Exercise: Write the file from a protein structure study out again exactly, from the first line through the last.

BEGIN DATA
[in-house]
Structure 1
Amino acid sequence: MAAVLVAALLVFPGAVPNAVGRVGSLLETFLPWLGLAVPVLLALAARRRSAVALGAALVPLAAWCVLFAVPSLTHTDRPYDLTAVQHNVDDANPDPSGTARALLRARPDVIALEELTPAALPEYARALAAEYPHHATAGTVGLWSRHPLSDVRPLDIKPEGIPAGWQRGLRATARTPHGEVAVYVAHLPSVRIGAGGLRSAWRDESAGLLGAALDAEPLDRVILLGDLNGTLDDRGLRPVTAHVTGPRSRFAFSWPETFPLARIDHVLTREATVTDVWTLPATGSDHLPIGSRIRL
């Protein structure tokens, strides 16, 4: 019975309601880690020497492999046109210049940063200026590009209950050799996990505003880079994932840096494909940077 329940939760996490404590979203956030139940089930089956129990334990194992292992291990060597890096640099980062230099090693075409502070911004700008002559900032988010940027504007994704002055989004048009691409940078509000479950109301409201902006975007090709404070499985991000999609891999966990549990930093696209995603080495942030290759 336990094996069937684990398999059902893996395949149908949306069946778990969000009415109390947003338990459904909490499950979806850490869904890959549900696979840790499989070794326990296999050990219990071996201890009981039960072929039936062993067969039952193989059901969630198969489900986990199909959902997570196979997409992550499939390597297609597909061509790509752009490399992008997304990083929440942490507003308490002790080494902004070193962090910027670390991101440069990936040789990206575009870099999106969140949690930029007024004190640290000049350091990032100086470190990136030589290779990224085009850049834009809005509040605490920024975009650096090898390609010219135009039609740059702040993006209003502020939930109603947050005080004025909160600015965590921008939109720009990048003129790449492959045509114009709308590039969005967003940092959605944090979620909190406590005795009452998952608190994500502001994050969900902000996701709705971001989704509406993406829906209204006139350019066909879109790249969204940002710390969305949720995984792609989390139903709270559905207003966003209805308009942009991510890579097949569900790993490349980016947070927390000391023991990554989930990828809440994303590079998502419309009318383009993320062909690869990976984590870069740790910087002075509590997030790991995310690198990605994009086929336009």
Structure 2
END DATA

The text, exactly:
[in-house]
Structure 1
Amino acid sequence: MAAVLVAALLVFPGAVPNAVGRVGSLLETFLPWLGLAVPVLLALAARRRSAVALGAALVPLAAWCVLFAVPSLTHTDRPYDLTAVQHNVDDANPDPSGTARALLRARPDVIALEELTPAALPEYARALAAEYPHHATAGTVGLWSRHPLSDVRPLDIKPEGIPAGWQRGLRATARTPHGEVAVYVAHLPSVRIGAGGLRSAWRDESAGLLGAALDAEPLDRVILLGDLNGTLDDRGLRPVTAHVTGPRSRFAFSWPETFPLARIDHVLTREATVTDVWTLPATGSDHLPIGSRIRL
């Protein structure tokens, strides 16, 4: 019975309601880690020497492999046109210049940063200026590009209950050799996990505003880079994932840096494909940077 329940939760996490404590979203956030139940089930089956129990334990194992292992291990060597890096640099980062230099090693075409502070911004700008002559900032988010940027504007994704002055989004048009691409940078509000479950109301409201902006975007090709404070499985991000999609891999966990549990930093696209995603080495942030290759 336990094996069937684990398999059902893996395949149908949306069946778990969000009415109390947003338990459904909490499950979806850490869904890959549900696979840790499989070794326990296999050990219990071996201890009981039960072929039936062993067969039952193989059901969630198969489900986990199909959902997570196979997409992550499939390597297609597909061509790509752009490399992008997304990083929440942490507003308490002790080494902004070193962090910027670390991101440069990936040789990206575009870099999106969140949690930029007024004190640290000049350091990032100086470190990136030589290779990224085009850049834009809005509040605490920024975009650096090898390609010219135009039609740059702040993006209003502020939930109603947050005080004025909160600015965590921008939109720009990048003129790449492959045509114009709308590039969005967003940092959605944090979620909190406590005795009452998952608190994500502001994050969900902000996701709705971001989704509406993406829906209204006139350019066909879109790249969204940002710390969305949720995984792609989390139903709270559905207003966003209805308009942009991510890579097949569900790993490349980016947070927390000391023991990554989930990828809440994303590079998502419309009318383009993320062909690869990976984590870069740790910087002075509590997030790991995310690198990605994009086929336009």
Structure 2